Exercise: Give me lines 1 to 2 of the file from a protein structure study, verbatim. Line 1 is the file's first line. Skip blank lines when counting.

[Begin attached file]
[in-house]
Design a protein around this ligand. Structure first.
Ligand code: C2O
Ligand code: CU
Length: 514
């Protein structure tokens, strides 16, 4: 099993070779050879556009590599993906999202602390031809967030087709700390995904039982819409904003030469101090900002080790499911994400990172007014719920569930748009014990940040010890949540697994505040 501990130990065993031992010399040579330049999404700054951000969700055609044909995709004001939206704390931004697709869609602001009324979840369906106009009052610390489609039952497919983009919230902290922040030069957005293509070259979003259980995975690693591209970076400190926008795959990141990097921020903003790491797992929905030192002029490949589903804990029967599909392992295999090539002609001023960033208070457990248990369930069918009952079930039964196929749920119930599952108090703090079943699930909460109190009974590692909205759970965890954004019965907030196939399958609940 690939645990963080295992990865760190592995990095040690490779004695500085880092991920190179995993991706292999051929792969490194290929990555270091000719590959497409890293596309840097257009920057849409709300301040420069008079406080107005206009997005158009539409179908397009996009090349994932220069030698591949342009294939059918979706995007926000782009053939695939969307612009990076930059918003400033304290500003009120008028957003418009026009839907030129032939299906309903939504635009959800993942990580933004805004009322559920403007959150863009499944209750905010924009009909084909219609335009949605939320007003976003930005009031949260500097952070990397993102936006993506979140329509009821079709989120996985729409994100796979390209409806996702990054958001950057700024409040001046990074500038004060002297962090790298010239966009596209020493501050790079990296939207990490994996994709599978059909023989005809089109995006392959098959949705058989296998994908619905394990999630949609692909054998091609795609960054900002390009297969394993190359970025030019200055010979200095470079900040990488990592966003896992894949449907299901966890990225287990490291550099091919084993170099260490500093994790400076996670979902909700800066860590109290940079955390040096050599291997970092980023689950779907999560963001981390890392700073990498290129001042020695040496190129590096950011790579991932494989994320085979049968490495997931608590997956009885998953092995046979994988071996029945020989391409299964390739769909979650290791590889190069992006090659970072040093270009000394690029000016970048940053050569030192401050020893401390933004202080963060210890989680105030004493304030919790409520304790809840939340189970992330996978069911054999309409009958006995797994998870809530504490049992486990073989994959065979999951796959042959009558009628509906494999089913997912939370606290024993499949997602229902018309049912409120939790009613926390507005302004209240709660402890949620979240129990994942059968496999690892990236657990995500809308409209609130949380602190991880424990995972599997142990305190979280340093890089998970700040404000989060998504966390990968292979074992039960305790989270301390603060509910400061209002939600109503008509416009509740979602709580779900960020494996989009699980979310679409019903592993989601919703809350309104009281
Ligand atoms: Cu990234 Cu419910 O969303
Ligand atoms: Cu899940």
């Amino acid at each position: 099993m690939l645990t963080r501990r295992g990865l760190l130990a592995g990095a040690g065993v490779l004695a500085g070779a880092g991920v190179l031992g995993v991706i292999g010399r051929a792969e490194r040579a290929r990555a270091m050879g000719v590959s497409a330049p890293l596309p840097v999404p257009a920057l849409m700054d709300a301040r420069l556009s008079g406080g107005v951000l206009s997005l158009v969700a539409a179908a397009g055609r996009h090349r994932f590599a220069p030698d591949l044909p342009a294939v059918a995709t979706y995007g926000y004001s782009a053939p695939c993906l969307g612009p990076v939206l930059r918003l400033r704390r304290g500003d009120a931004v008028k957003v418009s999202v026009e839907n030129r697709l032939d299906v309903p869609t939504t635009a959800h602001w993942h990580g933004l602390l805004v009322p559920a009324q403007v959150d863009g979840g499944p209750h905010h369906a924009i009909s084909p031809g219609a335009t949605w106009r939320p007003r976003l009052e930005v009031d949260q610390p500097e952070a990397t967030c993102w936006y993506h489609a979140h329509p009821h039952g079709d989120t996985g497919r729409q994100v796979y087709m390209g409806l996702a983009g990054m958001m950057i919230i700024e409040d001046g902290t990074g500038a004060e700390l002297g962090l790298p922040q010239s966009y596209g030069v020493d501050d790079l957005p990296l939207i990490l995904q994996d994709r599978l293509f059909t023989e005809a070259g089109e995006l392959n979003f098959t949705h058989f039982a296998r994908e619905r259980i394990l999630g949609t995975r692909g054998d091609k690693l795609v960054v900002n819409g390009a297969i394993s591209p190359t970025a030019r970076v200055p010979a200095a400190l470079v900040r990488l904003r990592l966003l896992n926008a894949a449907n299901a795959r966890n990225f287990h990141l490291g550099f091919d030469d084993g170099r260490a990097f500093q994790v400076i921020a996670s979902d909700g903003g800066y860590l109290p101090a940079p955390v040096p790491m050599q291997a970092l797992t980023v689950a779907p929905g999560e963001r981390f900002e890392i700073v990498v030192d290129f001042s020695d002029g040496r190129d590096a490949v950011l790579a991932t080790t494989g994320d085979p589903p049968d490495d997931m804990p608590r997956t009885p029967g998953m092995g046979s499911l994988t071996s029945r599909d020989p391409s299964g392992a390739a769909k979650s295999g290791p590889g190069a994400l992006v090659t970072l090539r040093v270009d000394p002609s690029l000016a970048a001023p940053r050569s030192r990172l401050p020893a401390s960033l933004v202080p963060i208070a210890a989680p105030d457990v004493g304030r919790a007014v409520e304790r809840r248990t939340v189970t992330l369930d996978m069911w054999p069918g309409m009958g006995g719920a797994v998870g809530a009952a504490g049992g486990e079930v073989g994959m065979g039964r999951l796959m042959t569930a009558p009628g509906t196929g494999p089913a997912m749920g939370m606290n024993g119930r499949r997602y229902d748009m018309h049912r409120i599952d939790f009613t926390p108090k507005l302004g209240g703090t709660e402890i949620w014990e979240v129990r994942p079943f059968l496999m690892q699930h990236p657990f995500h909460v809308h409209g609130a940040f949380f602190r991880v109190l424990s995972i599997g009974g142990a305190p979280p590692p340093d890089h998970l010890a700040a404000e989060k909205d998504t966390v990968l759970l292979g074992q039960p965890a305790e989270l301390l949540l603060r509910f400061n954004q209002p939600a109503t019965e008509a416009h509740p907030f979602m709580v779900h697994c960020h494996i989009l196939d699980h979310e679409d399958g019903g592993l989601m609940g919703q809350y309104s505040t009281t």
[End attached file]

[in-house]
Design a protein around this ligand. Structure first.